How to Teach a Cat to Fetch | Hill's Pet
Yes, you read that title correctly — cats can do the same things that dogs can do, and maybe even better. Discover how to teach a cat to fetch, and impress all of your neighbors and friends.
Think Like a Cat
Dogs love to please owners; however, cats are more concerned with pleasing themselves. By realizing this simple concept, you can understand why teaching a cat to fetch has to be approached differently from how you would train your dog. When it comes to training a cat, there are some basic techniques that you must know in order to be successful. These basic principles all start with the letter "R," so that makes it a little easier to remember!
You need to respect what cats do and don't like. Don't stare at your cat or make loud noises during training or playtime. When she doesn't feel up for play, don't force it. Try to train her when she's feeling extra playful.
Consistently recognize when your cat does things you want her to do, and be consistent in how you let your cat know she is doing things you don't like (for instance, walking on your counters). A firm "no" or clap when she misbehaves may work, but when she does something you approve of, don't give her a round of applause. Instead, pet her or give her a treat.
Cats love small treats as a reward for good behaviour. One of the secrets of how to teach a cat to fetch may be hidden in simply having the right treats. Use them only when she does the action you want her to, and don't overdo it, so as to not add unwanted pounds.
Timing Is Everything
First, you have to get to know your cat, and build a trusting and loving relationship before you can start training them to do tricks or play fetch, says the ASPCA. Figure out what toys or items in your house they're drawn to the most. These items are the ones you should try to use for playing fetch.
Cats are drawn to hunt and pounce on things — throwing a soft item and allowing your cat to chase it, and then going over and placing a treat near the item may reinforce and reward the first step in fetching. After a few days of successfully getting your cat to pounce or go near the item you throw, you are ready to attempt having them bring you the item. You can do this by leaving a trail of treats after throwing the item. As time goes on, make the treats closer to you and farther from the object. Keep in mind, it is best to do all of this at a time of day when your cat is most active. Make sure to always use the same verbal queues to reinforce the action such as "fetch," or "bring it here."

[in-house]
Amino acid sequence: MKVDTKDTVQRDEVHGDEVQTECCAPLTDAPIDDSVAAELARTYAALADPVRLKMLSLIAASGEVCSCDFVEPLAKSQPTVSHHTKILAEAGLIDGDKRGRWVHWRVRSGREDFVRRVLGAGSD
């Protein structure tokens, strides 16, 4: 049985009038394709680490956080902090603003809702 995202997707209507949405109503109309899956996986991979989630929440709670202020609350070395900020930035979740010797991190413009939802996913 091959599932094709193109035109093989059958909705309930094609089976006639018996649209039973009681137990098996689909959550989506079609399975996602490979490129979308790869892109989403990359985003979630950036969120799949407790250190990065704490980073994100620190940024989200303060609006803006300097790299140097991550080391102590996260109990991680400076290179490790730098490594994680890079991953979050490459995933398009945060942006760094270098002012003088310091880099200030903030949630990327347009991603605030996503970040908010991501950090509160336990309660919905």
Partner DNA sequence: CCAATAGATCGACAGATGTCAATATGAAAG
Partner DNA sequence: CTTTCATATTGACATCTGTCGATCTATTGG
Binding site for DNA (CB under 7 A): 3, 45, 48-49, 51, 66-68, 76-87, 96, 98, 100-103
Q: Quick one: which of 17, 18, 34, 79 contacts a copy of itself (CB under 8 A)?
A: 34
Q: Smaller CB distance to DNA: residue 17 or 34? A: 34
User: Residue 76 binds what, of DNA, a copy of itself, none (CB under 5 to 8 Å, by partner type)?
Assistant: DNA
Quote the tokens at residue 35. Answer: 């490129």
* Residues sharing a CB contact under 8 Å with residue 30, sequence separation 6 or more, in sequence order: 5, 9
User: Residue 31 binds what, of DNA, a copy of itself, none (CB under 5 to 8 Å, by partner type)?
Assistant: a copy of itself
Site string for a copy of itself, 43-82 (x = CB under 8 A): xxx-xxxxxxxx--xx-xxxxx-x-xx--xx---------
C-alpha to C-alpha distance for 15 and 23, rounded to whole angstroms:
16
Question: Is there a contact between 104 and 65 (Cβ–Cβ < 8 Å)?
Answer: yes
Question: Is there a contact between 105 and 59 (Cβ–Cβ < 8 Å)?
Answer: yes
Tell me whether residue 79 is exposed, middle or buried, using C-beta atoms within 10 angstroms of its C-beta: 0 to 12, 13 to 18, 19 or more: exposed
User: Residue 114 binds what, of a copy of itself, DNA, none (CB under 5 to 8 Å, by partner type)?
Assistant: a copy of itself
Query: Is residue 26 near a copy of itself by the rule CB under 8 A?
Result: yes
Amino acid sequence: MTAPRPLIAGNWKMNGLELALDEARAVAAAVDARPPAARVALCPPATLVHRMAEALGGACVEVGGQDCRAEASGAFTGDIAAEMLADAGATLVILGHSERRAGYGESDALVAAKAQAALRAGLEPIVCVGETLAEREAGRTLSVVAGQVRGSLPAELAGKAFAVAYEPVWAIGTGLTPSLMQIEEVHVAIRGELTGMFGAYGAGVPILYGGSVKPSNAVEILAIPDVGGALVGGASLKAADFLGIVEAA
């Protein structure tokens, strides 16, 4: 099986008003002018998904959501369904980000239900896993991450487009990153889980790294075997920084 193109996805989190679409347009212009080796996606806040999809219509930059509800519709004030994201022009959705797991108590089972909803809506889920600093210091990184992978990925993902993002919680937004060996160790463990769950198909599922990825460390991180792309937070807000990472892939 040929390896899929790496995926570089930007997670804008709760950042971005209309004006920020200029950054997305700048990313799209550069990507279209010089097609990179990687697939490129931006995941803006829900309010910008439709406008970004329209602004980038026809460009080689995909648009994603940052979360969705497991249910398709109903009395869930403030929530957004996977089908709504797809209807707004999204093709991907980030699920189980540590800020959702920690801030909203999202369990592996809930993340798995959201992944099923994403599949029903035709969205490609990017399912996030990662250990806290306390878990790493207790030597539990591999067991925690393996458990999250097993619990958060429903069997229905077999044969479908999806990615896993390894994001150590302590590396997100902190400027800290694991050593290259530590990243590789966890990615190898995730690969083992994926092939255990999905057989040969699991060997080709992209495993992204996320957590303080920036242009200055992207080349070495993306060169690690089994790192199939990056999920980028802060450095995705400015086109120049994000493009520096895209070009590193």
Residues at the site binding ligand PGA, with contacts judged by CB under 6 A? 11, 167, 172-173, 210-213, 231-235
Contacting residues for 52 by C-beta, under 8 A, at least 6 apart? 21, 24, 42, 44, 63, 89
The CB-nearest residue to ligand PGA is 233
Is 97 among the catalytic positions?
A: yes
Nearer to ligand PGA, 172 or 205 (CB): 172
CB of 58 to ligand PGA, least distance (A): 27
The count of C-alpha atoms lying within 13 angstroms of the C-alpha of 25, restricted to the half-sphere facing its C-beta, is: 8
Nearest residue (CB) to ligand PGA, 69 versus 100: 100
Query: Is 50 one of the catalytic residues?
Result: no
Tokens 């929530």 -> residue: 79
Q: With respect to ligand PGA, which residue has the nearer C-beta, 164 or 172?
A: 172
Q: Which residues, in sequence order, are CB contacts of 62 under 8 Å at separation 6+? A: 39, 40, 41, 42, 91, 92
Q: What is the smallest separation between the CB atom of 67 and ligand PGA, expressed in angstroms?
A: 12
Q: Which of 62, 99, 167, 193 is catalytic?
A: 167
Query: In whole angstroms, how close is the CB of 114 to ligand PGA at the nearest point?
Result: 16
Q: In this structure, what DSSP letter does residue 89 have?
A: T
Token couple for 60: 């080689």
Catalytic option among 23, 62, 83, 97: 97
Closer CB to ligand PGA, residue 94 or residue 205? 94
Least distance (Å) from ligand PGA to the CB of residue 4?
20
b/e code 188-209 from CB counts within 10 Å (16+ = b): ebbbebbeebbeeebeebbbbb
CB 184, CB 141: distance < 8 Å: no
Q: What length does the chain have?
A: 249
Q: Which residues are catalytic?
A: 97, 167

If it seems like all of your attempts at training your cat to fetch have failed, take a break for a few days and then try again with new toys and different treats. Not all dogs like the same games, so it is possible your cat won't ever be interested in fetch. However, don't give up too quickly. Allow several different people in your home to try to train her. Cats sometimes bond with one person more than another and may only want to play fetch with their favorite human.
If you are successful, be sure to catch it on video so that all of your friends believe you! Everyone loves fun cat videos.
Image courtesy: Flickr/John Benson
Christine O'Brien is a writer, mom, and long-time cat parent whose two Russian Blues rule the house. Her work also appears in Care.com, What to Expect, and Fit Pregnancy, where she writes about pets, pregnancy, and family life. Find and follow her on Instagram and Twitter @brovelliobrien.